As we neared Bizerte (Zone 8) the enemy became a bit more aggressive, two waves contesting our approach to the harbor. First up were a pair of Bf 109F-4s, coming in low on our 5 and slipping past the escort. Cpl Wagstrom raced to the right waist and got off a shot at one of the bandits to no noticeable effect. Not so Jerry. I felt, more than heard, the sickening thud of impacting rounds and then Jeff (Cpl Wagstrom) was on the intercom saying Bob (Sgt Beloit) had been hit bad. There was little enough time to deal with Bob as Jerry came around for another pass. This time luck was on our side as Jerry couldn’t get into a good firing position and sought out a better target. Next an Fw 190A-2 came up from below but couldn’t draw a bead on us. Of course, we couldn’t hit him either. Then the Flak started. It may have been ‘light caliber’ guns put it was very intense, and despite the clouds the German gunners managed to find us; shrapnel putting a few holes in us and shredding the right flap. Lead had no problem ID’ing the AP but his drop was off. Needless to say that meant the rest of us were off too. The second flight did no better, though 2LT Ward leading the third flight got his timing right – I’m sure we’re all going to hear about that at the O Club tonight!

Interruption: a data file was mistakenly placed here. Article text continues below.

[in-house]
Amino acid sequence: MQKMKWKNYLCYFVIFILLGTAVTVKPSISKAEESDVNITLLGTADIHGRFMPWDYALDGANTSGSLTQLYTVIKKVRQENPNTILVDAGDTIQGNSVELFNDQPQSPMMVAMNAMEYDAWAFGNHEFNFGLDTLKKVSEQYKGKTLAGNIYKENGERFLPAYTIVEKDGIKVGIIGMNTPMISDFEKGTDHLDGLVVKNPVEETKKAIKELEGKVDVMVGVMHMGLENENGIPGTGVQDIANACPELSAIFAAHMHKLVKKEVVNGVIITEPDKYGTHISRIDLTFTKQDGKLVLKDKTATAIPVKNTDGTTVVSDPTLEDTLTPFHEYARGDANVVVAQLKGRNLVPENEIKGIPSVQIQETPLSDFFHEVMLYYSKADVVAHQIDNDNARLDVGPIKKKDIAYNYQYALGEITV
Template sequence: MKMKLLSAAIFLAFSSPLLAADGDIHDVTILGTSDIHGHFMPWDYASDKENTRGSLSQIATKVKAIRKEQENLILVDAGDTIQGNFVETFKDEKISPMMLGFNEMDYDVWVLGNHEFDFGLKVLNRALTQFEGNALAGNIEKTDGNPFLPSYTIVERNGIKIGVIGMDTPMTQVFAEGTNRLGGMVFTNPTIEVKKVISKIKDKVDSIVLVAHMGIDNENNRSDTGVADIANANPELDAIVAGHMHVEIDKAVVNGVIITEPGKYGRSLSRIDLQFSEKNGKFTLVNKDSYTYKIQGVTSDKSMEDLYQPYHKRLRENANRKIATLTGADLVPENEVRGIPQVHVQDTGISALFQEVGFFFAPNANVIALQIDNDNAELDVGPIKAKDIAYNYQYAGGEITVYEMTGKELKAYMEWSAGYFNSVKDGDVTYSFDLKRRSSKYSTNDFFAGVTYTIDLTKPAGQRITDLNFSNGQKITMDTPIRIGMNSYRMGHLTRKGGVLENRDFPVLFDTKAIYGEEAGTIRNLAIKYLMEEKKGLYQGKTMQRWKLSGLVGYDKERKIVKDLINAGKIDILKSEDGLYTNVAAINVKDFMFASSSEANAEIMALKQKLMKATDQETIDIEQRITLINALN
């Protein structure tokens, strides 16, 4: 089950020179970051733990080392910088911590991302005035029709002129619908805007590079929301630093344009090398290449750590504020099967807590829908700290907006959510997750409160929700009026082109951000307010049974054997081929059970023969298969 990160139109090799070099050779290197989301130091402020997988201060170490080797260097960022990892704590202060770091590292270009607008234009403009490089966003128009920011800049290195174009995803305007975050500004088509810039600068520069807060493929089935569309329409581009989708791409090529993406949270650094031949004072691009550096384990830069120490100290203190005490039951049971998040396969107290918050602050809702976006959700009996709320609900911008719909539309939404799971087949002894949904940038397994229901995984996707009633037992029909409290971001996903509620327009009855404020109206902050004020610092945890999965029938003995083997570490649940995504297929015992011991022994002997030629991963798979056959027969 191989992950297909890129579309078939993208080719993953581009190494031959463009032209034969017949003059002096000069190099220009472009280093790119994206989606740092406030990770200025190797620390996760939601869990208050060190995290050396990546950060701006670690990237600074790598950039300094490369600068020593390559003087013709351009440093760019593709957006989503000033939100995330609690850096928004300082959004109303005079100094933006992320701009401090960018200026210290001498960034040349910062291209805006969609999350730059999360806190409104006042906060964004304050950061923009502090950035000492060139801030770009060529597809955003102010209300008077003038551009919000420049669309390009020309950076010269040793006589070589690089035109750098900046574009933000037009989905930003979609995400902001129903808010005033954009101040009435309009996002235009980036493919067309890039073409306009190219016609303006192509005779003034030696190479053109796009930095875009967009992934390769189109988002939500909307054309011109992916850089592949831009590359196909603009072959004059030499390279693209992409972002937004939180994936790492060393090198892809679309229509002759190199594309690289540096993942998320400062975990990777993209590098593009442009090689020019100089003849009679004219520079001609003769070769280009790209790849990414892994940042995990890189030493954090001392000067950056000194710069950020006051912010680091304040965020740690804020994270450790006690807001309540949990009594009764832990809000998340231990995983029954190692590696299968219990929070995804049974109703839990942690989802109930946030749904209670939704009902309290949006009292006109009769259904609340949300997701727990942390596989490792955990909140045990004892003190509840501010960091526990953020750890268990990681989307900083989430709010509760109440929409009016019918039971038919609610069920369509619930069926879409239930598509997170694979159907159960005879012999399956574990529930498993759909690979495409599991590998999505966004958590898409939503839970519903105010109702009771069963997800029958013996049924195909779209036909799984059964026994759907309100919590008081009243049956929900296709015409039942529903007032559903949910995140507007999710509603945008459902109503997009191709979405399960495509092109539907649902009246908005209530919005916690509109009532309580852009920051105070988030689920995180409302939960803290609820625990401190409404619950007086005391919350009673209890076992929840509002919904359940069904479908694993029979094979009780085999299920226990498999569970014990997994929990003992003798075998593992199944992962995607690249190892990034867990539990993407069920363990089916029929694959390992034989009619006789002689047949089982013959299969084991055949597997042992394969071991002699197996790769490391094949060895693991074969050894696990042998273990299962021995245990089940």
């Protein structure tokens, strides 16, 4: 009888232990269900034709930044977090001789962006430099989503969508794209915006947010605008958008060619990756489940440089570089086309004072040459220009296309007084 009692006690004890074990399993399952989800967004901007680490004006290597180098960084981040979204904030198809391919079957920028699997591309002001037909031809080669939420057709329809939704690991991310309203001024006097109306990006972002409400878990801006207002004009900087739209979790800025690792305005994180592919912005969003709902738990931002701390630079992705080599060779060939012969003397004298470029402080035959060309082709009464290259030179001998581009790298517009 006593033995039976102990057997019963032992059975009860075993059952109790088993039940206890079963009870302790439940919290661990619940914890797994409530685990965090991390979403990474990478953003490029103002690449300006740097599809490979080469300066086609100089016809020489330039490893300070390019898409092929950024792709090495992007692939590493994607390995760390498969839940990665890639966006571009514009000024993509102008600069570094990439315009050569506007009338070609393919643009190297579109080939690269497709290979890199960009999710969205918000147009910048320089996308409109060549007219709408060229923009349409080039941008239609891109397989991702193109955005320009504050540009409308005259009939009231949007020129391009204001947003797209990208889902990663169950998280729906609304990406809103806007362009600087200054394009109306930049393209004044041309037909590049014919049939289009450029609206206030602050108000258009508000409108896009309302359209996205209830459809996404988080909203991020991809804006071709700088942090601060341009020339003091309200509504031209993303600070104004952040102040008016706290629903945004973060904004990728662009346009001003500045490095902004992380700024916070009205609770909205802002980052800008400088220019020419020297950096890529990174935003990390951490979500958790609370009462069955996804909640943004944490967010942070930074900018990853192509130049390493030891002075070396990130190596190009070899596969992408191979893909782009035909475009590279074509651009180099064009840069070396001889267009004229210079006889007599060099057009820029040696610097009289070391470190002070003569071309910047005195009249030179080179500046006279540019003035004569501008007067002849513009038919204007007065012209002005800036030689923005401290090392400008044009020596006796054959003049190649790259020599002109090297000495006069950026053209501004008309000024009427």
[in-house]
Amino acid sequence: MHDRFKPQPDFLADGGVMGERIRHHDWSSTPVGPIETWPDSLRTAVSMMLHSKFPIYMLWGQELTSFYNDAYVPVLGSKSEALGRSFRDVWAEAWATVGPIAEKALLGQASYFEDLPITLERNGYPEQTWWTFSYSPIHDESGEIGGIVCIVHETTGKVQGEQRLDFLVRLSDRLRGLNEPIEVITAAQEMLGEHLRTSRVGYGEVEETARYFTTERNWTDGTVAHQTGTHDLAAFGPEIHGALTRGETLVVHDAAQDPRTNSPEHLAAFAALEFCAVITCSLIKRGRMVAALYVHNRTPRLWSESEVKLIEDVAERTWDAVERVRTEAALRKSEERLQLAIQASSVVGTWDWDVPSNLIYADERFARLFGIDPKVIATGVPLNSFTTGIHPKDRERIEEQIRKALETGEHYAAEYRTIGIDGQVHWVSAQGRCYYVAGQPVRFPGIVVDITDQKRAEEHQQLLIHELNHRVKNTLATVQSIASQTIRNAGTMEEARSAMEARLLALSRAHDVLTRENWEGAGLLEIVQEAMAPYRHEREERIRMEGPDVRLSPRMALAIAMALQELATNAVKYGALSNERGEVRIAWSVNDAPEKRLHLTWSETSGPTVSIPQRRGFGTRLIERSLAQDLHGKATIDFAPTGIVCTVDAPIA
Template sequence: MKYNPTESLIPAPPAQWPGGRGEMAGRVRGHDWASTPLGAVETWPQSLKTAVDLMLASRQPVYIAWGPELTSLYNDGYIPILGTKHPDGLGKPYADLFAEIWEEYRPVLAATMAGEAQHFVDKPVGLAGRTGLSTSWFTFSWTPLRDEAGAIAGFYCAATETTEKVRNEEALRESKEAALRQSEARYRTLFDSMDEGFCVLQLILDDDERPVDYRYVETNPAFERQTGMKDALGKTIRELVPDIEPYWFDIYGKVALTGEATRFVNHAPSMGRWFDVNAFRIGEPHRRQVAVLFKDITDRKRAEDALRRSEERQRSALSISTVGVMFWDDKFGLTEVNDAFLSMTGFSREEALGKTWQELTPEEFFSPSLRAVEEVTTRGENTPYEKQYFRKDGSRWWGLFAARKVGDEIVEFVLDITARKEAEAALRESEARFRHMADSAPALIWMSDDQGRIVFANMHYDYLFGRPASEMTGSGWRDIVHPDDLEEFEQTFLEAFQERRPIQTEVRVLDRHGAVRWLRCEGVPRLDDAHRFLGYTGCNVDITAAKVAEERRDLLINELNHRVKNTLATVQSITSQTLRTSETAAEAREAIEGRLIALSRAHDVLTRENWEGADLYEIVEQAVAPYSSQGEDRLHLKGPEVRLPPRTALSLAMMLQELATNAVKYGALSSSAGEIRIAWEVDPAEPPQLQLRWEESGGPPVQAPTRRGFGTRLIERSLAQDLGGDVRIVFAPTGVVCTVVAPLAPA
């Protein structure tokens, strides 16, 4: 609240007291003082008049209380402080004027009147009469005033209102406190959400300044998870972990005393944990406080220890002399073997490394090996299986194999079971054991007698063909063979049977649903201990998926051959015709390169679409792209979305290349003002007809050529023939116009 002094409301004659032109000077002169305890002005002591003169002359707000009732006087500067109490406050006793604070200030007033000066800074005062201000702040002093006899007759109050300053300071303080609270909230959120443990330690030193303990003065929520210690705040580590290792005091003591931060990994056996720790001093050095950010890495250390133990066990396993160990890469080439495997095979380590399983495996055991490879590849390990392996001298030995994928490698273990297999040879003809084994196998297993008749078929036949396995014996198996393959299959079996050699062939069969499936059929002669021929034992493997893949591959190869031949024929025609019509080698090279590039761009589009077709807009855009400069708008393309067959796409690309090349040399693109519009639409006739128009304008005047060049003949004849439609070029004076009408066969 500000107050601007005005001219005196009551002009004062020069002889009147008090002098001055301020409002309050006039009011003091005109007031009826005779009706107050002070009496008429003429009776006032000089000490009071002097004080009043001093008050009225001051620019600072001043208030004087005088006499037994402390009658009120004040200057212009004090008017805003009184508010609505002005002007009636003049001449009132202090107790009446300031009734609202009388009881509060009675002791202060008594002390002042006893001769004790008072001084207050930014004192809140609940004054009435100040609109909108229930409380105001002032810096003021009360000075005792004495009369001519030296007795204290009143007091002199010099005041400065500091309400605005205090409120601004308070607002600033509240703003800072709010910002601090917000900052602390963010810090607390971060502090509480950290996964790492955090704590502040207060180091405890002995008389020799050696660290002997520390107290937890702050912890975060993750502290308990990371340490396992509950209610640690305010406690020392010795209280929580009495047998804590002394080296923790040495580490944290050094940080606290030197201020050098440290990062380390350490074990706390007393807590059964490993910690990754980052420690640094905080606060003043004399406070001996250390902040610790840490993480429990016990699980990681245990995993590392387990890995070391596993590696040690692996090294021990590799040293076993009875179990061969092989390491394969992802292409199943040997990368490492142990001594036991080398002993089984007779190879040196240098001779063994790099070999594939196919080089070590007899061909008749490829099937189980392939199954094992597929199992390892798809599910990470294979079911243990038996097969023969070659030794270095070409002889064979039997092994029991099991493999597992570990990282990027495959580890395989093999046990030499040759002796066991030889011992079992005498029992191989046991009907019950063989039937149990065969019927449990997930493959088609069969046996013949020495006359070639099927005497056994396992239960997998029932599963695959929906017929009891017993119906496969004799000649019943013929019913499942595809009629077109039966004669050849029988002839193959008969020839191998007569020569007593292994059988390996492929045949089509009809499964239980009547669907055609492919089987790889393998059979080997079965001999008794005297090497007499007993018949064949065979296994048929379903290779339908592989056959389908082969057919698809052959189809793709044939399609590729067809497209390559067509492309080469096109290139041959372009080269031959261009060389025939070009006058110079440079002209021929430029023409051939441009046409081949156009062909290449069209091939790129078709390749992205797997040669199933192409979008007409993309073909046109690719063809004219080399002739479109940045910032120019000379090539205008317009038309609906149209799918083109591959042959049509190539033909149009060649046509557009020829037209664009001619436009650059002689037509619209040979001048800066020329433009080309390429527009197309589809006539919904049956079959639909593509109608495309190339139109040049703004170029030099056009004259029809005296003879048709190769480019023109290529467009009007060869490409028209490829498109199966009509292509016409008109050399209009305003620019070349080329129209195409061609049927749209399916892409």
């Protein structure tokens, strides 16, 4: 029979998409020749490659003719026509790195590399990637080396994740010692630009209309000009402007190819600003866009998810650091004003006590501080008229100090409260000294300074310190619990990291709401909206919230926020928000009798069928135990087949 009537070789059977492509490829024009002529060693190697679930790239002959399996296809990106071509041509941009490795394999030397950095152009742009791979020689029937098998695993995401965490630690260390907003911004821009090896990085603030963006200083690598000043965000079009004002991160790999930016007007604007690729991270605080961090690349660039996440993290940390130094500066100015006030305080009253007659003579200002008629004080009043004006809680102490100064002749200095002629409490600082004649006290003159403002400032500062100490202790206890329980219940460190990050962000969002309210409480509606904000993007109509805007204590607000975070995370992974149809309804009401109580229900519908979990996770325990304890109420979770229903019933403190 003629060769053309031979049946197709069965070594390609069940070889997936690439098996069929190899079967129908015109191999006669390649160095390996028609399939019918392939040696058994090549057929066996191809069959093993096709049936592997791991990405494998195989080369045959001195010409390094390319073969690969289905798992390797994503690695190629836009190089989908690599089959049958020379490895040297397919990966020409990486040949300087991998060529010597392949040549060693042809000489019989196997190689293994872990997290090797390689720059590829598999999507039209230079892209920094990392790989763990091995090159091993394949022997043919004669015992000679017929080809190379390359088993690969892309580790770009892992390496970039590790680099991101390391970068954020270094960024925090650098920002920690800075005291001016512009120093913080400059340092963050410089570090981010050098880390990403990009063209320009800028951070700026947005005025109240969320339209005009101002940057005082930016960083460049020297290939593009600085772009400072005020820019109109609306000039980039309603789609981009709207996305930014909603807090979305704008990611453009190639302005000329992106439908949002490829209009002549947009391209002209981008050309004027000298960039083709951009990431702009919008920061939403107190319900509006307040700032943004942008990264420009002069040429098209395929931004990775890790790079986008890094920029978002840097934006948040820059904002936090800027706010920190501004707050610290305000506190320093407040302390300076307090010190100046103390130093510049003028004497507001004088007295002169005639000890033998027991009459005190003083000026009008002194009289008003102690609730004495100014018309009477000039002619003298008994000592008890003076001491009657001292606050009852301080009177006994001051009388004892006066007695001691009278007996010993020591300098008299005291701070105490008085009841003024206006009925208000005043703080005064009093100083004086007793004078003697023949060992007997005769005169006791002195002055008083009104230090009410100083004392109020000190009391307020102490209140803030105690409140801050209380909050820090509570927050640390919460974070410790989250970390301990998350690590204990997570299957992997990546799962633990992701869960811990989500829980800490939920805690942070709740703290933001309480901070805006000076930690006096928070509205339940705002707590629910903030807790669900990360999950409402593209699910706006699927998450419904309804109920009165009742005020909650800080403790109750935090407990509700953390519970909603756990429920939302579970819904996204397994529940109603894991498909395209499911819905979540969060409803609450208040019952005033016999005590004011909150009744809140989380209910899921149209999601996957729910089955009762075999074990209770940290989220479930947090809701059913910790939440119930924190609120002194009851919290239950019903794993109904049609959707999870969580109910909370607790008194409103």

Coming off the Target, Lead took a hard left heading out over the Med. The maneuver managed to avoid any Flak or Bandits.

About halfway back home (Zone 5) and back over Algeria the Luftwaffe gave it one last shot, two waves attacking. Leading off was a Bf 109G-2/R6, the model with the extra gunpods under the wings. Jeff (Cpl Wagstrom), who had been tending to Bob (Sgt Beloit) raced for the guns but wasn’t able to get there in time to fire. Fortunately for us, Jerry couldn’t get into firing position either. By the time the second wave, another pair of Bf 109F-4s came in Jeff had manned the tail guns. Not of much help as the bandits hit us head on, coming in at 12 level and low. I let go with the fixed nose and newly installed package guns at the one bandit while Sandy (2LT Hanson) fired at the other. Neither of us hit, nor did Jerry. One of the bandits came around for a second pass but couldn’t get into firing position and left.